The dissident unions of the AFL-CIO are meeting in Washington today to announce that they are building a halfway house.

The Change to Win Coalition -- and boy, is that ever a provisional-sounding and utterly clunky name -- will begin life neither entirely within nor without the AFL-CIO. One of its founders, the Service Employees International Union (SEIU), the AFL-CIO's largest affiliate, passed a resolution last weekend authorizing its top officers to take the union out of the federation when they deem it appropriate. All signs indicate that will happen soon.

The other founders -- the Teamsters, the food and commercial workers (both million-member unions), UNITE-HERE (the apparel and hotel workers union) and the laborers -- have each (well, all but the laborers) made noises about decamping from the federation unless more money is devoted to organizing and incumbent President John Sweeney is replaced at the AFL-CIO's July convention.

But Sweeney and his allies command a clear majority of the federation's unions, and they insist that all the dissidents except SEIU are bluffing. The food and commercial workers need the help of the AFL-CIO to organize Wal-Mart, they argue; UNITE-HERE cannot risk the withdrawal of massive union deposits from Amalgamated Bank (the nation's one labor bank, which UNITE-HERE owns).

For their part, the dissidents insist that the price of a Sweeney victory may be the dissolution of a unified labor movement. "Sweeney loses by winning," says one dissident leader. "He can win the vote at the AFL-CIO convention, but so what? It's a voluntary organization. We can leave."

In a sense, the leaders of American labor -- people who have spent their lives at the bargaining tables -- are engaging one another in a massive game of chicken. But such games can take on a life of their own, with all manner of unforeseen consequences. The Change to Win Coalition may begin as a modest group devoted to coordinating some joint organizing efforts by its member unions. But if those efforts grow, so will the financial demands on its members, which will then find themselves paying dues to both a full-fledged federation, so long as they stay in the AFL-CIO, and a new group that could look more and more like a federation rival. Under those circumstances, predicts the dissident leader, "We're not going to pay double dues."

If nothing else, today's declaration ensures that the federation's coming convention -- originally conceived as a celebration of the 50th anniversary of the merger of the AFL and the CIO -- will be a bitter affair. It was never wholly clear what there was to celebrate: At the time of the 1955 merger, 35 percent of the U.S. workforce was unionized; today that figure stands at just 12.5 percent. Unions are surely not the primary authors of their own demise, but to the extent that they are responsible, their decline can be traced back to a fateful error made at the time of the merger.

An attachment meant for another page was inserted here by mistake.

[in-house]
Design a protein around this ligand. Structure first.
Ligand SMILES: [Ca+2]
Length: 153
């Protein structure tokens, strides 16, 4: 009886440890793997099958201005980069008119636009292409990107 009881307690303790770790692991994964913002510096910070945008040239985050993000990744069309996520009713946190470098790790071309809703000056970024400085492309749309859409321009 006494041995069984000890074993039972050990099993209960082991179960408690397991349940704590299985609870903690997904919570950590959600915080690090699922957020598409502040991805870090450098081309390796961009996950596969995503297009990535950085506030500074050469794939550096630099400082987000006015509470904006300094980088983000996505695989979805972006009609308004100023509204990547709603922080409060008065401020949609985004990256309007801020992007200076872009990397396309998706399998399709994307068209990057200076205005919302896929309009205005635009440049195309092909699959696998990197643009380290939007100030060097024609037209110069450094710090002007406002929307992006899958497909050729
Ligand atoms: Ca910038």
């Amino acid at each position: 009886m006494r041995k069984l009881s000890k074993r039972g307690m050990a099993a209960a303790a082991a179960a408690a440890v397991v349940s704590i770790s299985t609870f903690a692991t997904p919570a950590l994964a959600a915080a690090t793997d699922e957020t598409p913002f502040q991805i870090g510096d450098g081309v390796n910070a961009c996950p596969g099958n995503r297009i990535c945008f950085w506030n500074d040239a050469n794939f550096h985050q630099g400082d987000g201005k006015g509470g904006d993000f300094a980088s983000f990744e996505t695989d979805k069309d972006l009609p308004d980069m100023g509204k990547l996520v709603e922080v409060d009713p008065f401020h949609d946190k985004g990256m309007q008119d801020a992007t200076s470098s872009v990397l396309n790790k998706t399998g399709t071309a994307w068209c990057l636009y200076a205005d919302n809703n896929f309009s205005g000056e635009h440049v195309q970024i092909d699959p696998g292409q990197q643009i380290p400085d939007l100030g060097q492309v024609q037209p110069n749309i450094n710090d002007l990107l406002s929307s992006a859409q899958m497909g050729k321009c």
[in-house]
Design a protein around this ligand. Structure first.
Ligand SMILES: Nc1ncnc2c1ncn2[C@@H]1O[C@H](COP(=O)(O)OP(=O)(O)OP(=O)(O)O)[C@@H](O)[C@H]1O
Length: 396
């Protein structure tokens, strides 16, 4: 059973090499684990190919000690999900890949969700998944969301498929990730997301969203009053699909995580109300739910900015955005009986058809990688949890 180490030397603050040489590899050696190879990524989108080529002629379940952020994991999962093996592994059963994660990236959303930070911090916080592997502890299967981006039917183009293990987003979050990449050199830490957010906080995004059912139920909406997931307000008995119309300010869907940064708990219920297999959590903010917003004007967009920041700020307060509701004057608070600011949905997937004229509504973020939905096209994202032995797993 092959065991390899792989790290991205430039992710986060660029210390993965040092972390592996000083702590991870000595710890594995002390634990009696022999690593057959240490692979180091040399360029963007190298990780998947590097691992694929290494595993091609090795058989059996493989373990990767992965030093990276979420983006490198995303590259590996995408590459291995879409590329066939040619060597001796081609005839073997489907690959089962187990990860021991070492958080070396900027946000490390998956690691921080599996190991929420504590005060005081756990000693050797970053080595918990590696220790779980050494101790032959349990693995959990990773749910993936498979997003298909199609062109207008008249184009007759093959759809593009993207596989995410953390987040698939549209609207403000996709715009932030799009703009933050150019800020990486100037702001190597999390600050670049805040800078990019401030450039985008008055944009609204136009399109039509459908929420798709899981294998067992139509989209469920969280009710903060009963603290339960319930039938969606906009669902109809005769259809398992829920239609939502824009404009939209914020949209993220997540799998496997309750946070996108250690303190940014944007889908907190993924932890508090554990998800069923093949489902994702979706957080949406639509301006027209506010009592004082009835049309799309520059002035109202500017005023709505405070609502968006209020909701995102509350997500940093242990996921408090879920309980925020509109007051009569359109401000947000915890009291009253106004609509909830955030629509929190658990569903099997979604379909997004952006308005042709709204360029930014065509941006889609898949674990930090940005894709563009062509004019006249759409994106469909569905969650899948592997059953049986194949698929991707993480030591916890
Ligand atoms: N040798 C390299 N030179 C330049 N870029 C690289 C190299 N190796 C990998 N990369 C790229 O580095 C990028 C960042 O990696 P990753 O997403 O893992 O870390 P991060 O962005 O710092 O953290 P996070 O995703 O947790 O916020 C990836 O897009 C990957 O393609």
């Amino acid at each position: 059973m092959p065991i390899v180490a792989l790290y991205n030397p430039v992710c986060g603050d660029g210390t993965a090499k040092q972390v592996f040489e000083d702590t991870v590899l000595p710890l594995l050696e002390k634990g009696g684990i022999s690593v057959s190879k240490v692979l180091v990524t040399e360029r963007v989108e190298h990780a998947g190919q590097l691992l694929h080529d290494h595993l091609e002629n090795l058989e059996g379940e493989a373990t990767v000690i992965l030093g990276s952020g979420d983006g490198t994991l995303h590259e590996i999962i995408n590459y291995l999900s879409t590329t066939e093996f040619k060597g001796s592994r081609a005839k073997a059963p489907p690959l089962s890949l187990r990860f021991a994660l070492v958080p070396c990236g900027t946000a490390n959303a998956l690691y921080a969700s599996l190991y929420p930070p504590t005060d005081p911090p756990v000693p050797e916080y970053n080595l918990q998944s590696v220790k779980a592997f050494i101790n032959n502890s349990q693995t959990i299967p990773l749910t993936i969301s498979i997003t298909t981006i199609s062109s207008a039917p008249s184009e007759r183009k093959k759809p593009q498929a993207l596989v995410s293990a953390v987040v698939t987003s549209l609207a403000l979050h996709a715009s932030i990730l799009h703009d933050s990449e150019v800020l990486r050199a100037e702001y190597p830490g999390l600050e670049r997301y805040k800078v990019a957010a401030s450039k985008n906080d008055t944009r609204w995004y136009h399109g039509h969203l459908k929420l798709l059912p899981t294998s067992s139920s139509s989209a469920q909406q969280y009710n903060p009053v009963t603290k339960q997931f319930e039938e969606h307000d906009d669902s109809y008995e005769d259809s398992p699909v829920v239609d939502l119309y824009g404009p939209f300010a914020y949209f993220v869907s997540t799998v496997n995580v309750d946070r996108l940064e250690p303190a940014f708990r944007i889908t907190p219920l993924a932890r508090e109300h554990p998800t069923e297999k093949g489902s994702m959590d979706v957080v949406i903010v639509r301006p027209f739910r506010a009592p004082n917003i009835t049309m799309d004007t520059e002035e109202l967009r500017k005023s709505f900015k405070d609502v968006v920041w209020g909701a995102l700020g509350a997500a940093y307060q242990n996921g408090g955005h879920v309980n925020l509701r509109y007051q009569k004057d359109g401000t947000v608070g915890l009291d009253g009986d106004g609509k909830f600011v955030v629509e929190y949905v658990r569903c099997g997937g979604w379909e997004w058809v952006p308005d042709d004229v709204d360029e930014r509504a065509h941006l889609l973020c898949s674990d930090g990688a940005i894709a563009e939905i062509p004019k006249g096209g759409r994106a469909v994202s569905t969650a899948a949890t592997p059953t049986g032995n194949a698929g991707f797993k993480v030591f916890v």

Fifty years ago CIO (and United Auto Workers) President Walter Reuther argued that the newly merged federation should be charged with organizing those sectors of the economy and regions of the country where labor had little or no presence. George Meany, then president of the AFL, countered that the individual affiliates should have that responsibility, and it was Meany's position that prevailed. Over the decades, however, most unions stuck to meeting the needs of their existing members. At first, secure in their existing labor markets, they considered the tasks of organizing the Sunbelt and the new economy beneath them. In time, with their own sectors shriveled and with the how-tos of organizing all but forgotten, they realized that such tasks were beyond them.

The seven or eight of the 57 unions in the federation that can and do organize are found on each side of the current divide; what separates them most are their differing assessments of whether the 71-year-old Sweeney, who has served as AFL-CIO president for the past decade, can make the kind of changes needed to reverse labor's decline. The SEIU is right in its initial contention that the movement must be restructured so it can organize again. (Merging unions that lack organizing capacity is hardly a sufficient condition for new growth, but it's a necessary one.)

But Sweeney's defenders are probably right, too, in arguing that splitting the movement would fragment the force required to organize Wal-Mart or dethrone Tom DeLay in 2006. "This is a movement based on concerted action," one federation staffer says. "Unity is the most practical operating principle we have."

But not today in Washington, where the new watchword of American labor has become, "Workers of the world, divide."